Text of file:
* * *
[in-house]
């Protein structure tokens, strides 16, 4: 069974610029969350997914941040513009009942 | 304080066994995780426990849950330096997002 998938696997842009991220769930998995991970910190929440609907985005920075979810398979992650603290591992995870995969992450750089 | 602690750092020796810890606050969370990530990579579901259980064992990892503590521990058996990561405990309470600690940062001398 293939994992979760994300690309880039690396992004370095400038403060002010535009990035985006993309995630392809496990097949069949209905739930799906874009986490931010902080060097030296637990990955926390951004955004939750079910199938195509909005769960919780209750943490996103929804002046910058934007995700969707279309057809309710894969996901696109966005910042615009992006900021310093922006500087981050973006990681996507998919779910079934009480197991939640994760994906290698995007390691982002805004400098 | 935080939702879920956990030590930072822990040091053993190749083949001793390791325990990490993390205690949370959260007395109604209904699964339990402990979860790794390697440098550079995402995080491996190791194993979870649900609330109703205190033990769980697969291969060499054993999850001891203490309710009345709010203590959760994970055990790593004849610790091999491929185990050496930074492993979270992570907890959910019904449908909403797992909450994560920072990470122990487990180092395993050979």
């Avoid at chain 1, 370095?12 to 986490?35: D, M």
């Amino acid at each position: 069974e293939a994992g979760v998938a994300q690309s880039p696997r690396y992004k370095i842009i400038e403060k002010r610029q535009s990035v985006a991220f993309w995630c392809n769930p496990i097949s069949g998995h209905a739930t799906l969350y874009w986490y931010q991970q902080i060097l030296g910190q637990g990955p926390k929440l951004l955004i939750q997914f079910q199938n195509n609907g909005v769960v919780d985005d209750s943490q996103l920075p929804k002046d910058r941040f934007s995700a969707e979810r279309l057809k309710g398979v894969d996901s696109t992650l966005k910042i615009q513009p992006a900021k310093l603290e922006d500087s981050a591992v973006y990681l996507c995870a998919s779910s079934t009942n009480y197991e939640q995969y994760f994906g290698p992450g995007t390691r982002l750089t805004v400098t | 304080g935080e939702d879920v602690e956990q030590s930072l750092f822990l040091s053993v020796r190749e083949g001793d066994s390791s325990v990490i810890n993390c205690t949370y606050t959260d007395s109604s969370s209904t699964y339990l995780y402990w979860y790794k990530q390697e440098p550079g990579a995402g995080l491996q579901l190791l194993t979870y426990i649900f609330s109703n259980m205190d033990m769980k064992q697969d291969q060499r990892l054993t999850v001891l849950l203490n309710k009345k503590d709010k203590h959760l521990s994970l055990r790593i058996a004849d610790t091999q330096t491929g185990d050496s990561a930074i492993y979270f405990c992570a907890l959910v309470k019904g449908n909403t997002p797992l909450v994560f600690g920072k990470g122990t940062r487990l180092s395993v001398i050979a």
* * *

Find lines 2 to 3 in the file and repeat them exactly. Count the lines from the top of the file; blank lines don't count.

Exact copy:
């Protein structure tokens, strides 16, 4: 069974610029969350997914941040513009009942 | 304080066994995780426990849950330096997002 998938696997842009991220769930998995991970910190929440609907985005920075979810398979992650603290591992995870995969992450750089 | 602690750092020796810890606050969370990530990579579901259980064992990892503590521990058996990561405990309470600690940062001398 293939994992979760994300690309880039690396992004370095400038403060002010535009990035985006993309995630392809496990097949069949209905739930799906874009986490931010902080060097030296637990990955926390951004955004939750079910199938195509909005769960919780209750943490996103929804002046910058934007995700969707279309057809309710894969996901696109966005910042615009992006900021310093922006500087981050973006990681996507998919779910079934009480197991939640994760994906290698995007390691982002805004400098 | 935080939702879920956990030590930072822990040091053993190749083949001793390791325990990490993390205690949370959260007395109604209904699964339990402990979860790794390697440098550079995402995080491996190791194993979870649900609330109703205190033990769980697969291969060499054993999850001891203490309710009345709010203590959760994970055990790593004849610790091999491929185990050496930074492993979270992570907890959910019904449908909403797992909450994560920072990470122990487990180092395993050979």
């Avoid at chain 1, 370095?12 to 986490?35: D, M």